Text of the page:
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June 2013

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For more information about these items, or for other media requests, contact Cleveland Clinic's Corporate Communications at 216.444.0141.

June 2013

Caring for Injuries Among Older Adults

Older adults tend to be less active as a whole, but many remain or choose to become physically active. Motivated athletes ages 50+, like those competing in the 2013 National Senior Games, require guidance on training, injury prevention and care, and performance.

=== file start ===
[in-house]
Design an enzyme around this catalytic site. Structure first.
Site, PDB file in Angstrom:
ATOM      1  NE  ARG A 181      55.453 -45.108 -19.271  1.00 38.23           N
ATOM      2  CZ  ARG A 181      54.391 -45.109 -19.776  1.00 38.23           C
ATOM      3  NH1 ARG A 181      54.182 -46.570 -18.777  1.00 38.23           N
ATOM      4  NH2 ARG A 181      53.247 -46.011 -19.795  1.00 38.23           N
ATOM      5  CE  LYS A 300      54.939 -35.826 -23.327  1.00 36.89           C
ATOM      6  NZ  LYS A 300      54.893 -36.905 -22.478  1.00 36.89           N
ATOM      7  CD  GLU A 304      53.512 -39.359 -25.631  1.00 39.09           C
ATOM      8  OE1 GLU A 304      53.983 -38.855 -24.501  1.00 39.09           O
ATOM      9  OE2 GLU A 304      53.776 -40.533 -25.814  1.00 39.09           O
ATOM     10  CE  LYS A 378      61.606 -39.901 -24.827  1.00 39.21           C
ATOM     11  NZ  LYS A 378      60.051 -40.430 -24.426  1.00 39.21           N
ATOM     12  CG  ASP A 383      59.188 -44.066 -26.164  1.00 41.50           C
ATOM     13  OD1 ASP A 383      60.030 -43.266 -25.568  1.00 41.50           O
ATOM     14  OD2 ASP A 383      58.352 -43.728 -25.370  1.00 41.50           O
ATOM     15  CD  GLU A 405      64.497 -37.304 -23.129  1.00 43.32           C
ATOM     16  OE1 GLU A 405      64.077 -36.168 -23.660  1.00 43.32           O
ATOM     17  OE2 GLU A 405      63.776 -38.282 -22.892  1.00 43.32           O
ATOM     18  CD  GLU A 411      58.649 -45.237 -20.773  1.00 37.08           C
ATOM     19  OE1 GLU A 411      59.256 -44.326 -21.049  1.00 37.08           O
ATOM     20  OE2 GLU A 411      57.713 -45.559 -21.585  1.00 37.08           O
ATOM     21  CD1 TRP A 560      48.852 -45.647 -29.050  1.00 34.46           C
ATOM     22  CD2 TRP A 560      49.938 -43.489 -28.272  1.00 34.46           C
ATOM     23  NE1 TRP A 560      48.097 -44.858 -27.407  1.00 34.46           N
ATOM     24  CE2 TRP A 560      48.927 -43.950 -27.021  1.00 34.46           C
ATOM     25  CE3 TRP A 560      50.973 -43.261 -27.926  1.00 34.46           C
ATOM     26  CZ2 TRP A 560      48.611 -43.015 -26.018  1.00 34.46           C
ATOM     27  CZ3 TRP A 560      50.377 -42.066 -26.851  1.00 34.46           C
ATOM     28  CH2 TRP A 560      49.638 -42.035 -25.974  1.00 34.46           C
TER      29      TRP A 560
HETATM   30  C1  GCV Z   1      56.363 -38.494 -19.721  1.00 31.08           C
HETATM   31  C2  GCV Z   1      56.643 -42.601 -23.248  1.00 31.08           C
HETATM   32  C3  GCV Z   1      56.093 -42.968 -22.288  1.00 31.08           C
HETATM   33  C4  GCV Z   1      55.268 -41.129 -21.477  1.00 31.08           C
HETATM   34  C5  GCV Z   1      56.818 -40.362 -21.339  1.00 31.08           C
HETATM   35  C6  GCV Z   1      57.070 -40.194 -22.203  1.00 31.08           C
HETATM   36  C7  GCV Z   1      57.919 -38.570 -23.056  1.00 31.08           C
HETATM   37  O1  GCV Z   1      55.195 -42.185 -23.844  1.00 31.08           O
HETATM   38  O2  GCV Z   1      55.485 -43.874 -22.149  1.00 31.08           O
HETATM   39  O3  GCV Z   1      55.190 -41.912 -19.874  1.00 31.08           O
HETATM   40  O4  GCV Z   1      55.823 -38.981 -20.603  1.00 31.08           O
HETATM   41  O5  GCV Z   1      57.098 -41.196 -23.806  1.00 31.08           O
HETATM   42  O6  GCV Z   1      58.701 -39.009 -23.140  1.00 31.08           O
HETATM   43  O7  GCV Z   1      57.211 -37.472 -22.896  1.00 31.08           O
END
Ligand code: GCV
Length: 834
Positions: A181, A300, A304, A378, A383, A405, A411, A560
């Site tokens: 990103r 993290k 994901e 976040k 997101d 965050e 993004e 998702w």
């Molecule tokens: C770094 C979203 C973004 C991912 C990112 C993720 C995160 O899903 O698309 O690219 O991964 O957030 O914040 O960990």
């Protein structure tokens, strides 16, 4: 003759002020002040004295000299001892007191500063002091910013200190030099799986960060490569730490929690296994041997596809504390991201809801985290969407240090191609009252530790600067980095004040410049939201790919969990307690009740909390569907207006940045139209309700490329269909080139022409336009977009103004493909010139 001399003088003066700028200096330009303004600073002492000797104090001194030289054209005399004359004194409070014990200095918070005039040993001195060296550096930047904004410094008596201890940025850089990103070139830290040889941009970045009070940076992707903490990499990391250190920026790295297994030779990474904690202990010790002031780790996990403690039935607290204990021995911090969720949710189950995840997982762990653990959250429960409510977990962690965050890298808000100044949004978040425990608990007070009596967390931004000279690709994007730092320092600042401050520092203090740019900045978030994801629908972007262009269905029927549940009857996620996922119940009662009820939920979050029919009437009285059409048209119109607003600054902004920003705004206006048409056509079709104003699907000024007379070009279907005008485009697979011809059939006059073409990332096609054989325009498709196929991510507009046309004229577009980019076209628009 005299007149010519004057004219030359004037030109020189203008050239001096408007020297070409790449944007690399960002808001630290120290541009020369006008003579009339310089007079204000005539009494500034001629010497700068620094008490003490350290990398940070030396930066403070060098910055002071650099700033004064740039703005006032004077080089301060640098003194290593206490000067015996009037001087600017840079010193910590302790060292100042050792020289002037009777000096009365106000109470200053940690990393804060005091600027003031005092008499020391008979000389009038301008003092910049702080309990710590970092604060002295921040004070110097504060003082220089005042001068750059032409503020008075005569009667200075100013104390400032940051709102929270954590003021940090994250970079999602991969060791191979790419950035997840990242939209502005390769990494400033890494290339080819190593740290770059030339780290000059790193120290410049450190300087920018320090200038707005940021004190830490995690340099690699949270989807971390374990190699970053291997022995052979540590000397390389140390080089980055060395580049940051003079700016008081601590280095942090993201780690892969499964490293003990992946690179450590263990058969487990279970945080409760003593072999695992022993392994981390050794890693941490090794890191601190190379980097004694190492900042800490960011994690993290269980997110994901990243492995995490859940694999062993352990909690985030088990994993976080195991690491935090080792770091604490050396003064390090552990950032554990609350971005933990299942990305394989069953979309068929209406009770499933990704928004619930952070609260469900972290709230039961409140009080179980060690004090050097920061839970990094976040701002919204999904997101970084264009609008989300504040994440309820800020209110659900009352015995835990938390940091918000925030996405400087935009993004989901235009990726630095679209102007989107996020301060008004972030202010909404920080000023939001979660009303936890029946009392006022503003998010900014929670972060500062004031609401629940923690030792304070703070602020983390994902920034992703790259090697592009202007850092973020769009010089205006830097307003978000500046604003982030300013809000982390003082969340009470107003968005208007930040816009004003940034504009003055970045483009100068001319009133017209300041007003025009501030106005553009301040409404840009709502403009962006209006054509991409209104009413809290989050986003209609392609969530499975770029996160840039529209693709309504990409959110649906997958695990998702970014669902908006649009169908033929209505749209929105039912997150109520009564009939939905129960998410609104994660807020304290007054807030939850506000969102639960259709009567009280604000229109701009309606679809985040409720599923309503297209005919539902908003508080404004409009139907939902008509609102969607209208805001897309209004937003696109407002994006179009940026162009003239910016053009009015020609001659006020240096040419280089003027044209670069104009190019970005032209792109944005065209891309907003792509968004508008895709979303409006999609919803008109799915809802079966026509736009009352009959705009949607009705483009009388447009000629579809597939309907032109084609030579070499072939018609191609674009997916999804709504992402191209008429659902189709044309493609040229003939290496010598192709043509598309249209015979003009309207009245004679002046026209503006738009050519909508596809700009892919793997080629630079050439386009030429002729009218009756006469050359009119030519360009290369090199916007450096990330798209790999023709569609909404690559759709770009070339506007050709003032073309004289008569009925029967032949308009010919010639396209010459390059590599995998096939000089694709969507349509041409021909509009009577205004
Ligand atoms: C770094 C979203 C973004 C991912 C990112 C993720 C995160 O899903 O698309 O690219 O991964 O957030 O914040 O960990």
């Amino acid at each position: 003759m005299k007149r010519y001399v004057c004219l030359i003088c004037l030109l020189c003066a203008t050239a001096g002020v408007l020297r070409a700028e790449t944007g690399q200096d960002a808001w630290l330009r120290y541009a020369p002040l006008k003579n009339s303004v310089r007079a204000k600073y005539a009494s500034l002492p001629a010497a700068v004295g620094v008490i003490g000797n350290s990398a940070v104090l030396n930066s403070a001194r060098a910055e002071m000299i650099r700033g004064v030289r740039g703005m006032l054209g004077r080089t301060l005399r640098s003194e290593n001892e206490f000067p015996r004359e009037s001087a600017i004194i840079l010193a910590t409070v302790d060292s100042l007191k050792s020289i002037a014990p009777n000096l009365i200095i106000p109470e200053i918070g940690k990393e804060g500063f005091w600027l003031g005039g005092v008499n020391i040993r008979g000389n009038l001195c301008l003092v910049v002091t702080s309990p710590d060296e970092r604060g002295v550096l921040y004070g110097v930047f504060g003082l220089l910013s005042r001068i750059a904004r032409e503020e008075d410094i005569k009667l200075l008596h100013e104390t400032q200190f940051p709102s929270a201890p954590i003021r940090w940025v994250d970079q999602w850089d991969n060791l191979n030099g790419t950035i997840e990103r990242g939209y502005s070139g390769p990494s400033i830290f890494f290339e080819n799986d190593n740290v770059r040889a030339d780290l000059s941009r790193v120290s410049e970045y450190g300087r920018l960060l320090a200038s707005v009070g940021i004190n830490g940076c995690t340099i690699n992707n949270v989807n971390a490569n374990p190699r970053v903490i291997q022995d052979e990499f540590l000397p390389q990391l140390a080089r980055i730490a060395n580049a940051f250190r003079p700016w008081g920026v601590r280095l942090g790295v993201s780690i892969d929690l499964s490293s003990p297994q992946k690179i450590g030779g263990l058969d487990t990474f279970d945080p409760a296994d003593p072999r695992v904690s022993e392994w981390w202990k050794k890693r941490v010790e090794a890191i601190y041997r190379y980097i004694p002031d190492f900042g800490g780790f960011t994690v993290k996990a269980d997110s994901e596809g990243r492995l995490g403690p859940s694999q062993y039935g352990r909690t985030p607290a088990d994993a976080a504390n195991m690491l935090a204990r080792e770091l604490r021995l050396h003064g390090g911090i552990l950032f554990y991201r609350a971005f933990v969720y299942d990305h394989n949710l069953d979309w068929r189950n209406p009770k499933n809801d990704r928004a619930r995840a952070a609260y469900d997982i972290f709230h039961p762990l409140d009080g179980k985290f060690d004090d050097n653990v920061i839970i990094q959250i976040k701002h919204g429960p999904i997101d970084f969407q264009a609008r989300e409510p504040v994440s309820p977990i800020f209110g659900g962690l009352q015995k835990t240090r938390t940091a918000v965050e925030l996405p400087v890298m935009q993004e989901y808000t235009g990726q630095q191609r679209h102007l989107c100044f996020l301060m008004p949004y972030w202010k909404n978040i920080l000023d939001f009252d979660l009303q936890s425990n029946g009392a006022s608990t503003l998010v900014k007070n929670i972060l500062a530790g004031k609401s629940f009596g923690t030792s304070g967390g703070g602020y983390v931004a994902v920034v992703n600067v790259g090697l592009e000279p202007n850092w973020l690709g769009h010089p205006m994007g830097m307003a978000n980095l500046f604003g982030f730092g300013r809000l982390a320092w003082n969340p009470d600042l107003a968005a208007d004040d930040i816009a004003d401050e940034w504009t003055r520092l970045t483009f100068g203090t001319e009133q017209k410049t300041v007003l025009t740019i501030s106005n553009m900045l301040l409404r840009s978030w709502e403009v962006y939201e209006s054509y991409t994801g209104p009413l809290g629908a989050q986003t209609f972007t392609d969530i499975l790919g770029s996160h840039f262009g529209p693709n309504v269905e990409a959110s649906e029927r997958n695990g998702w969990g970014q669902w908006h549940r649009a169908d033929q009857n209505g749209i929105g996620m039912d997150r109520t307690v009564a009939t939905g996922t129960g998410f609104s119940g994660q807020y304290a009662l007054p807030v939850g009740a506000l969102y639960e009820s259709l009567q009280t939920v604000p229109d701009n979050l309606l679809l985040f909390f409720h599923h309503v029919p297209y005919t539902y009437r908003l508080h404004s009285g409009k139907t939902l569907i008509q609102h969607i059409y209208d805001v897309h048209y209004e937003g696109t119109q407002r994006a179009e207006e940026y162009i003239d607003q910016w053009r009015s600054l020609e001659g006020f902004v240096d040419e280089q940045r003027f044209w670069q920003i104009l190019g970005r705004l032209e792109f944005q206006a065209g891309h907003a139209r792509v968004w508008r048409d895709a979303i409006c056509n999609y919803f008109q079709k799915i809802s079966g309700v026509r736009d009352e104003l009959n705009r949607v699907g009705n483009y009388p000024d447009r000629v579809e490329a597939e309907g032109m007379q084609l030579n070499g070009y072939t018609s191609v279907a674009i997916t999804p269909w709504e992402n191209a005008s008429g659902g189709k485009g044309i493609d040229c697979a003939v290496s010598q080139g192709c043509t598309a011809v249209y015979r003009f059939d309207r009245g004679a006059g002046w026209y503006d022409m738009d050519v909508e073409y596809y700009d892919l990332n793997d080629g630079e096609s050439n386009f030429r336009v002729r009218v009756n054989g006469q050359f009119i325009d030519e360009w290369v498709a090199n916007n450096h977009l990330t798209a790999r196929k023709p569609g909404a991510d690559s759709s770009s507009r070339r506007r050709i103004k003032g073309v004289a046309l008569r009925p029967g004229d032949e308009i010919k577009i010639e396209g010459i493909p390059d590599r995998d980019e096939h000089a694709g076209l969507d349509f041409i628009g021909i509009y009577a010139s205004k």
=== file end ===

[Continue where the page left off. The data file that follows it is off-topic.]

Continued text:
The initial management of musculoskeletal injuries — protection, rest, ice, compression and elevation — is the same for all ages. For both older and younger athletes, delayed evaluation and treatment can produce repeated injury, complicated rehabilitation, delayed recovery and unnecessary time lost from the activity. Appropriate treatment for musculoskeletal sports-related injuries does not stress an aging body.

Studies consistently demonstrate delayed healing of musculoskeletal injuries in older adults. However, they can respond to:

  1. Active and progressive rehabilitation
  2. Relative rest and activity modification
  3. Avoiding total inactivity, which can lead to loss of flexibility, strength and bone mass, and cardiac deconditioning — are key

To learn more about this topic or to schedule an interview, please contact Laura Ambro at 216.636.5876 or